In 2006, Elbe tried to challenge the genre with a romantic comedy of his own, "Mauvaise foi" ("Bad Faith" ), which he wrote with actor Roschdy Zem. The film tells the love story of Clara (Cecile de France ), who is Jewish, and Ismael (Zem ), who is Muslim. The two must deal with the refusal of everyone around them to accept their relationship. It's a kind of French version of a Ben Stiller comedy, focusing on Jewish and other families, but France is not America and a Jewish-Muslim couple is still pretty much a social anomaly.
The screenplay succeeds in creating chuckles in places where there would usually be silence or embarrassment. In one scene, Ismael comes bearing flowers for Clara's parents. The mother opens the gate, takes the flowers and thanks the person who she assumes is an Arab delivery boy.
"It was important to me," says Elbe, "to make fun of the social distinctions made among Jews and Muslims in France. There's no better way to discuss these issues than through humor."
Elbe, 43, has been living in Paris with his wife for 20 years now, where they are raising their 9-year-old son Leo. She has two children from a previous marriage, Hugo (21 ) and Alexis (24 ). Elbe, who many now be the darling of the society pages, spent his childhood very far from the lights of Paris. He was born in the Alsatian wine city of Colmar to a middle class Jewish immigrant family from Algeria; he attended pubic schools and lived most of his young life in nearby Strasbourg.
"We weren't part of the Jewish community," he says. "It was important to my parents that we integrate as much as possible. But I felt my difference at school all the time - I was a dark Jewish boy."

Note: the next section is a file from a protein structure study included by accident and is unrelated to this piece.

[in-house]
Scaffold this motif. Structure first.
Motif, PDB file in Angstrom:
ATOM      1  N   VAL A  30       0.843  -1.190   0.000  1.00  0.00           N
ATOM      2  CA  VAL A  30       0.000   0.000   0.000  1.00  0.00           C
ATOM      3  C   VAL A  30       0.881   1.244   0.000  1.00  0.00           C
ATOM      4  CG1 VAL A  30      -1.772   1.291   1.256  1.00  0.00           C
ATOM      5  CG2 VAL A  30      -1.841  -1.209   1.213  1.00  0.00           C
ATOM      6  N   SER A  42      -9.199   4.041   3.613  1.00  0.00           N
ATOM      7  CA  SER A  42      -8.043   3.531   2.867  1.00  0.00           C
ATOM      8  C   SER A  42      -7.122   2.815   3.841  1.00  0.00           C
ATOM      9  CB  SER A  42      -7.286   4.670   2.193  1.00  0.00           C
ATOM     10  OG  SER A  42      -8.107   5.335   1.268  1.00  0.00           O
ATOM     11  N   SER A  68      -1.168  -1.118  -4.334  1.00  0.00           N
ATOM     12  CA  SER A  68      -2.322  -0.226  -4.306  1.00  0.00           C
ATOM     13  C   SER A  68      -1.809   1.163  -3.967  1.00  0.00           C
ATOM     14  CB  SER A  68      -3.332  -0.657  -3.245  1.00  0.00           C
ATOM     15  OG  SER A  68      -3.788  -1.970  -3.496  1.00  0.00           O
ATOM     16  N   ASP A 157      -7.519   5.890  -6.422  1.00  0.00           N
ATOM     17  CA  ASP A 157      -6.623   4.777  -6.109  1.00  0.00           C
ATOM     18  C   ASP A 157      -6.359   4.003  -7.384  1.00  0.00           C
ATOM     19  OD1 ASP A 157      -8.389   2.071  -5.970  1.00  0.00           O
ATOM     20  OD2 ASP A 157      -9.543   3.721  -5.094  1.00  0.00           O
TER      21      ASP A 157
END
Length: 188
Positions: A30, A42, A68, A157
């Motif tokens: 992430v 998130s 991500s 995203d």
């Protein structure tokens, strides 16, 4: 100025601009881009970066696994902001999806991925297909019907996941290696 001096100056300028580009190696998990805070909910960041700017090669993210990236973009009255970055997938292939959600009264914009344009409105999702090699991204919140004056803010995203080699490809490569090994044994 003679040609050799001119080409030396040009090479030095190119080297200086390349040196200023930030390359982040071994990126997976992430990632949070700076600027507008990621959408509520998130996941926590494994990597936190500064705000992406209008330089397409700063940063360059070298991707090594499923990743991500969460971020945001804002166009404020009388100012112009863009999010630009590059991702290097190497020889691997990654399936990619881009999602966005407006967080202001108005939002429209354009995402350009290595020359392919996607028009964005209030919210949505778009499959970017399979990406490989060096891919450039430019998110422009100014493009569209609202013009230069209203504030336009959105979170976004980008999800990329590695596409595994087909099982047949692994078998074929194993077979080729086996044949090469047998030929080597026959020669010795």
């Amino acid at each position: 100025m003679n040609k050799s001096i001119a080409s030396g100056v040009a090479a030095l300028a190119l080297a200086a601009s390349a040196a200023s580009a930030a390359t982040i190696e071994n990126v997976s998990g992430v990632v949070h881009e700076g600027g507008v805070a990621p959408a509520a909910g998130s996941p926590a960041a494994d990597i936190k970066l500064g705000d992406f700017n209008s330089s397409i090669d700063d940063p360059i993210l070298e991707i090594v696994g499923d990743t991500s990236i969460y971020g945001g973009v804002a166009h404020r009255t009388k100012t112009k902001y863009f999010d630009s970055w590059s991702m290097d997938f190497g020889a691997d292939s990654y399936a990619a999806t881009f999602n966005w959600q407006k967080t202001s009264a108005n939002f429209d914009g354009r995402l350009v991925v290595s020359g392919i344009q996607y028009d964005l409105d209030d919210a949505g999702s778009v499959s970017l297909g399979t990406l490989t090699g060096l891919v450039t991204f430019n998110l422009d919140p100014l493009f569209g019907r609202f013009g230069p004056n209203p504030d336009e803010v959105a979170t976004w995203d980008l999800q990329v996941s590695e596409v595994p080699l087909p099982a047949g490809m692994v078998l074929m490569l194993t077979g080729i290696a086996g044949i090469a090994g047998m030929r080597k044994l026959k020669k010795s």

And though he now has the presence and confidence typical of young actors, Elbe says he was an introverted adolescent who escaped from reality into an inner world of fantasy.
"I would walk past the National Theater in Strasbourg, fantasizing an audience cheering me on. I wanted more than mediocrity," he recalls.
At the age of 18 he went to Paris to study acting, to the displeasure of his parents. Upon completing his studies, he played mainly supporting roles first in theater and then in films. The turning point in his career came in 2003, after he was cast in the comedy "Pere et fils" ("Fathers and Sons" ), directed by Michel Boujenah.
In Israel, Elbe will be tackling his second directorial effort, a crime thriller in the style of Steven Spielberg's "Catch Me If You Can." The film is based on the true story of a French white-collar criminal who fled to Israel after getting in trouble with the authorities. While researching for the film, Elbe met with the real-life criminal, who is currently living in Ashdod. "I have no problem with showing the ugly side of the French Jewish community," explains Elbe. "Even though many people ask me why I'm making a film about a Jew who stole millions - and in the period after [Bernard] Madoff."
The first film he directed, he continues, gave him an opportunity to tell his own story indirectly.
"When my parents immigrated to France, they did everything they could to integrate into French society," he says. "But I, like my friends who are Muslim immigrants - we still feel like exotic birds. Our life here is a continuous battle. The ability to write and direct films is an opportunity to contribute to this struggle. It's a privilege."
"In thinking about the [first] film, I went back to my childhood. All of a sudden it was clear to me that I wanted to talk about the experience of foreignness. This is expressed in the film through the tension between the state, the police and the children of immigrants," Elbe explains. When asked whether he thinks there should be solidarity between Jews and Muslims in France as two minority communities, he sounds more hesitant.
"As a Jew, I feel a connection to Israel," replies Elbe, "but I don't expect my Muslim friends to defend it - just as they wouldn't demand my opposition to it. This doesn't mean there aren't moments when I don't feel comfortable with Israel's actions. The current government in Israel is a disaster. But as a whole, in friendship and in business, I prefer to keep politics aside."